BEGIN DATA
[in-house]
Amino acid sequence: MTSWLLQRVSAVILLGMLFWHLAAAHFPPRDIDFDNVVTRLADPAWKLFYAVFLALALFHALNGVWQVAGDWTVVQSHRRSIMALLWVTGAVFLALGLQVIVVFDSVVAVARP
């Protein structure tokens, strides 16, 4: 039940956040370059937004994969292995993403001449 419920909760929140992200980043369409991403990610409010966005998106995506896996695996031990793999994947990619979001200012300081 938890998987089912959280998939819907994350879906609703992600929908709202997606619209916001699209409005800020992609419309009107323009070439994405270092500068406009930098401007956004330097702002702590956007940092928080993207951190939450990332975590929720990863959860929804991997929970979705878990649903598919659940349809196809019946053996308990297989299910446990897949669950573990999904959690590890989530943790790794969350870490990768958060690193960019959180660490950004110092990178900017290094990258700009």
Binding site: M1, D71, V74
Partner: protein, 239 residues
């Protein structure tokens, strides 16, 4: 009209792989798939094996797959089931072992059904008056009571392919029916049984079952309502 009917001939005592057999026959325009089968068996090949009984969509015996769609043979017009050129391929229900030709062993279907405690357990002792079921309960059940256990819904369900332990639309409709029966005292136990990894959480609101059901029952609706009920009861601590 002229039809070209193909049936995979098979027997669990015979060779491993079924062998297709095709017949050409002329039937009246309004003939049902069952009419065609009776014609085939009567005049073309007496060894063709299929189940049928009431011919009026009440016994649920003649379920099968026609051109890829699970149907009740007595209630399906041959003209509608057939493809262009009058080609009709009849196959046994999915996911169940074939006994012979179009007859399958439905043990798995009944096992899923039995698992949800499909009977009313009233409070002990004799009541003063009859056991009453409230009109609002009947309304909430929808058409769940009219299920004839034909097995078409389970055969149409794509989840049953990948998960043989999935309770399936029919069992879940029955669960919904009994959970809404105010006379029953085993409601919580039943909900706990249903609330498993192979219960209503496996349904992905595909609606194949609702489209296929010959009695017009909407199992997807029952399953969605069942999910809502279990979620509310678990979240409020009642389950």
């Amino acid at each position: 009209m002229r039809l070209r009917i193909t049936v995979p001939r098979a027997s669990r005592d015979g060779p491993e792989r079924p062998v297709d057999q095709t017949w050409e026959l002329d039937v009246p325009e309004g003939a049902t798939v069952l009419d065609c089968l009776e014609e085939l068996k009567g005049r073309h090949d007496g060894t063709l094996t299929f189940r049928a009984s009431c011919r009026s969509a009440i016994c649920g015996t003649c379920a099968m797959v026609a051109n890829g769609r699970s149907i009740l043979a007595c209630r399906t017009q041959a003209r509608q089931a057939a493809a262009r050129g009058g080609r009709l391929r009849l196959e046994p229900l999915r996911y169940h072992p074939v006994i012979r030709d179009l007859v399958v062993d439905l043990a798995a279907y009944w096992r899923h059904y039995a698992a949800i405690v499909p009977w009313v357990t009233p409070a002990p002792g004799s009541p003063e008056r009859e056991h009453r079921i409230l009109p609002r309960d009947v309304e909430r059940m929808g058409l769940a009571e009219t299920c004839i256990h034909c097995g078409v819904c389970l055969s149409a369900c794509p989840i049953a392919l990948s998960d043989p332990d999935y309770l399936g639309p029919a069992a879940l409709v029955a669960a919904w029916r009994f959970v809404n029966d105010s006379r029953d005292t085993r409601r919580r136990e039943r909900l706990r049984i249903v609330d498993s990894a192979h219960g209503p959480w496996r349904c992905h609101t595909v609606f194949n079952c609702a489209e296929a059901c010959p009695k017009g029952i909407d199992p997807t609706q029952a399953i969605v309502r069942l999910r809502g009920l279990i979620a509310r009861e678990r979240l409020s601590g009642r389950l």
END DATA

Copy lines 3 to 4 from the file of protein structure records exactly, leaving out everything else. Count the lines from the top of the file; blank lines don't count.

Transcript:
């Protein structure tokens, strides 16, 4: 039940956040370059937004994969292995993403001449 419920909760929140992200980043369409991403990610409010966005998106995506896996695996031990793999994947990619979001200012300081 938890998987089912959280998939819907994350879906609703992600929908709202997606619209916001699209409005800020992609419309009107323009070439994405270092500068406009930098401007956004330097702002702590956007940092928080993207951190939450990332975590929720990863959860929804991997929970979705878990649903598919659940349809196809019946053996308990297989299910446990897949669950573990999904959690590890989530943790790794969350870490990768958060690193960019959180660490950004110092990178900017290094990258700009």
Binding site: M1, D71, V74